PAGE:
Last week, the English edition of Ha'aretz published an article about a purported new victory for the anti-Israel boycott movement ("Israel boycott fears prompt foreign bidders to abandon ports tender," Feb. 18, 2014). The article, which was originally published in Hebrew in Ha'aretz's financial paper The Marker, stated:
The deterioration of Israels international standing has been evident this week as at least two leading international companies bidding to build private seaports here dropped out of the governments tender due to concerns over the political repercussions.
Royal Boskalis Westminster, a Dutch operator of ports that had submitted a proposal under the name Holland Terminal in the prequalification stage last December, dropped out shortly thereafter. More recently, Italys Condote de Agua withdrew after passing the prequalification process.
The companies that had initially expressed their interest in the PQ stage last April made their decisions to drop out in recent months as boycott pressure on Israel has grown. The deadline for submitting bids was Monday.
Without including any response or statement from the companies in question or from the Israel Ports Company, the article originally reported that two foreign companies had withdrawn from an Israeli government tender due to "political" considerations. Furthermore, the reporter apparently failed to ask the companies to respond before publishing the story. Had Ha'aretz adhered to this basic journalistic practice, it might have avoided the embarrassment of publishing such an error riddled piece.
In communication with Presspectiva, CAMERA's Hebrew Web site, the involved companies denied the Ha'aretz story.
The Israeli Port Company pointed out that Boskalis had not "dropped out" of the tender, and clarified that the Dutch company's bid did not qualify to pass to the next stage. Regarding the Italian company, there was no indication that it dropped out due to political considerations, according to the port company.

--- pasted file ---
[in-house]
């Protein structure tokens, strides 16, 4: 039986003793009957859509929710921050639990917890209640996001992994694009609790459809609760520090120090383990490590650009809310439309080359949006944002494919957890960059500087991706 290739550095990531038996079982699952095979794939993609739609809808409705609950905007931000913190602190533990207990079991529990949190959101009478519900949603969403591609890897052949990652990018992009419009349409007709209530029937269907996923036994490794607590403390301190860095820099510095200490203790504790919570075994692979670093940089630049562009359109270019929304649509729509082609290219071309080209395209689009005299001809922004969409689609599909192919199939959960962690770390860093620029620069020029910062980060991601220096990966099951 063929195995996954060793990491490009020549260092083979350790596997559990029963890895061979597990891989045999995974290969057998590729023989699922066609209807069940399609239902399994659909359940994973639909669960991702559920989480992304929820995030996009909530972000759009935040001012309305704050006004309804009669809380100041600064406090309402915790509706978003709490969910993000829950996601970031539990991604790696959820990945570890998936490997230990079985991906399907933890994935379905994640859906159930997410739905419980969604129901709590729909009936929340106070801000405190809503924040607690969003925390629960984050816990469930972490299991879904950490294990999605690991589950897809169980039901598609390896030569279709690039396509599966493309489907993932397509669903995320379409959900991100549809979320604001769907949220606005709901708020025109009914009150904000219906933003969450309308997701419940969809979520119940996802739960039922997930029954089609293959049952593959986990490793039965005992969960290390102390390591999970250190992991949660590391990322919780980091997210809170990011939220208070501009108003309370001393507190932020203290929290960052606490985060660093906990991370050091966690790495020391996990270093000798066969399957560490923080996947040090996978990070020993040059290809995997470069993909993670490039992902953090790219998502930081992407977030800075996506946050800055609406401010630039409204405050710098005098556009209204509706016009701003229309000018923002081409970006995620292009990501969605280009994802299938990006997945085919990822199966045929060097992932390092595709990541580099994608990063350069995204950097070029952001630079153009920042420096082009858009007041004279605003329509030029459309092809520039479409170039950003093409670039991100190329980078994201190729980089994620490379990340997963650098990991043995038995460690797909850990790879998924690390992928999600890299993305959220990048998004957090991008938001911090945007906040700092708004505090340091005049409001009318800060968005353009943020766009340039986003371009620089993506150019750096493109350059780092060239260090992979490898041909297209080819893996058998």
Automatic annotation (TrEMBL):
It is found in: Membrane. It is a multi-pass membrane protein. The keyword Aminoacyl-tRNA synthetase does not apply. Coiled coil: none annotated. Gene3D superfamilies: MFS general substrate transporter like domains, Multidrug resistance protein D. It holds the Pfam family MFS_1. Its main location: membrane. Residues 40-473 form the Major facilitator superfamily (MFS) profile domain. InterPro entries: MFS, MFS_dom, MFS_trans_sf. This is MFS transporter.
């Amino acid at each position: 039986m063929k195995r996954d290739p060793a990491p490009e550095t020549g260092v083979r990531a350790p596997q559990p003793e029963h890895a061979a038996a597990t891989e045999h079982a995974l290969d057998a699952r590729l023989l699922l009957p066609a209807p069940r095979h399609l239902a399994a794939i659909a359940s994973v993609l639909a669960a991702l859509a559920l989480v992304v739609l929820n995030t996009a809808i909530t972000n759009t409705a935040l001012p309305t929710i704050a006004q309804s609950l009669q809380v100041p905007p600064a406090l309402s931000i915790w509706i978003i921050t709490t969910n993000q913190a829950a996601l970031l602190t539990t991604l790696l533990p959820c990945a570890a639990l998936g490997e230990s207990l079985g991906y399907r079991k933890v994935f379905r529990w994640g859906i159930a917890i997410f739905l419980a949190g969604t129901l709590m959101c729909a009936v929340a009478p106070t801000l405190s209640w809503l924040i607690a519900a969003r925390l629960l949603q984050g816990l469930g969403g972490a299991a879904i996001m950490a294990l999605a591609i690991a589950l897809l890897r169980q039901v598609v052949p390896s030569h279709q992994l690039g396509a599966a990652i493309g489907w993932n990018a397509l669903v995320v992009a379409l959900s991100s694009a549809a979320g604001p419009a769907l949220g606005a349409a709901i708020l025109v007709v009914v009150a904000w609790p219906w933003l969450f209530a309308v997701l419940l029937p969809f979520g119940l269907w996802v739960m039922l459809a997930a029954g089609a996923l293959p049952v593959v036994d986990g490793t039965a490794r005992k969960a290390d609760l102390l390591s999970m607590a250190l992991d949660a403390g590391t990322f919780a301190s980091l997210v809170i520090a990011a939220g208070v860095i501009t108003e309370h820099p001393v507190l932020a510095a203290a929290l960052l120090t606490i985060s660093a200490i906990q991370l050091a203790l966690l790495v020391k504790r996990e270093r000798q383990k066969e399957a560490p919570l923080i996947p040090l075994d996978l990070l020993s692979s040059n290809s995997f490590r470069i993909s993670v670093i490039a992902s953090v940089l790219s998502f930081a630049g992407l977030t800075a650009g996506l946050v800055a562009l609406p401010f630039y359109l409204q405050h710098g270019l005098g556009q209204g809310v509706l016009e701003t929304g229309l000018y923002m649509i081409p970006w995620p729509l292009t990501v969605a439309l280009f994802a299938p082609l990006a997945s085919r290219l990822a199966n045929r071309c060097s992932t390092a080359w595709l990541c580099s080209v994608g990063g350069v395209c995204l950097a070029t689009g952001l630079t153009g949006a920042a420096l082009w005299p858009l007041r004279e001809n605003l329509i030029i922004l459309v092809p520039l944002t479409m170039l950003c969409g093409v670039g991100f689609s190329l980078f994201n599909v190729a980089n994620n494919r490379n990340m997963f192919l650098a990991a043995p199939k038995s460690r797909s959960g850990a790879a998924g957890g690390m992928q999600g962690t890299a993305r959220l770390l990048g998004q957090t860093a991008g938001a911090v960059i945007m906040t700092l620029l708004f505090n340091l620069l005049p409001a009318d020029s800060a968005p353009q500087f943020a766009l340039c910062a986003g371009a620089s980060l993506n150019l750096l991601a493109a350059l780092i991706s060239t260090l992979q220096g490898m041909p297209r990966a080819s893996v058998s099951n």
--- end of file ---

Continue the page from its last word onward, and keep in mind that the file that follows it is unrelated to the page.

The Boskalis spokesperson confirmed that that the company had not withdrawn its bid and that it had not qualified for the tender's second stage. Additionally, he denied that the company had submitted its proposal under the name "Holland Terminal." Following the communication with Presspectiva, the same information was published in the Dutch media.
It proved a little more difficult to receive an official response from the Italian company, mostly due to the fact that Ha'aretz had misspelled the company's name. The SocietÓ Italiana per Condotte d'Acqua S.p.A (after confirming that they are the correct company) also outright denied the Ha'aretz report, stating (sic):
b) our decision to withdraw was mainly motivated by a change in the priorities of our ongoing operations;
c) please be assured that our company does not have any motivation to boycott construction market in Israel.
Presspectiva contacted Ha'aretz and requested that editors clarify the story. At some point during the week, the online edition added a response from the Israel Ports Company, stating:
In a response on Tuesday, the Israel Ports Company said: "As far as we know, there is no truth to the reports that foreign companies have abandoned the tender due to a boycott against Israel. No international group or company has dropped out of the tender for political reasons and the tender continues according to the original plan and schedule."
"The Dutch company Boskalis did not pass the first prequalification stage (and assumedly would have been happy to participate in the project.) The participation of the Belgian company via a subsidiary (Ludreco) is standard for international tenders of this sort."
Though the article now contains information contradicting the baseless claim that the companies pulled out due to "boycott fears," the headline and first paragraph stating that claim as fact still appear online as of publication of this post.
A report in TheMarker on Monday stating that at least two foreign companies dropped out of the Israeli government tender to develop private seaports due to anti-Israel boycotts has been disputed by two of the companies involved.
Spokesmen for Royal Boskalis Westminster, a Dutch company that did not submit a bid as expected, and the Israel Ports Company, the state-owned company conducting the tender, both denied in separate statements that Bosalis had dropped out of the tender at all.
They said the Dutch company did not submit a bid because it had failed to pass the pre-qualification stage. As far as we can ascertain all reports of foreign companies withdrawing due to the boycott against Israel have no basis, Israel Ports Company said in a statement.
Ha'aretz failed to mention that they too had published the wrong information. Additionally, they did not add that the Italian company had also denied boycotting Israel.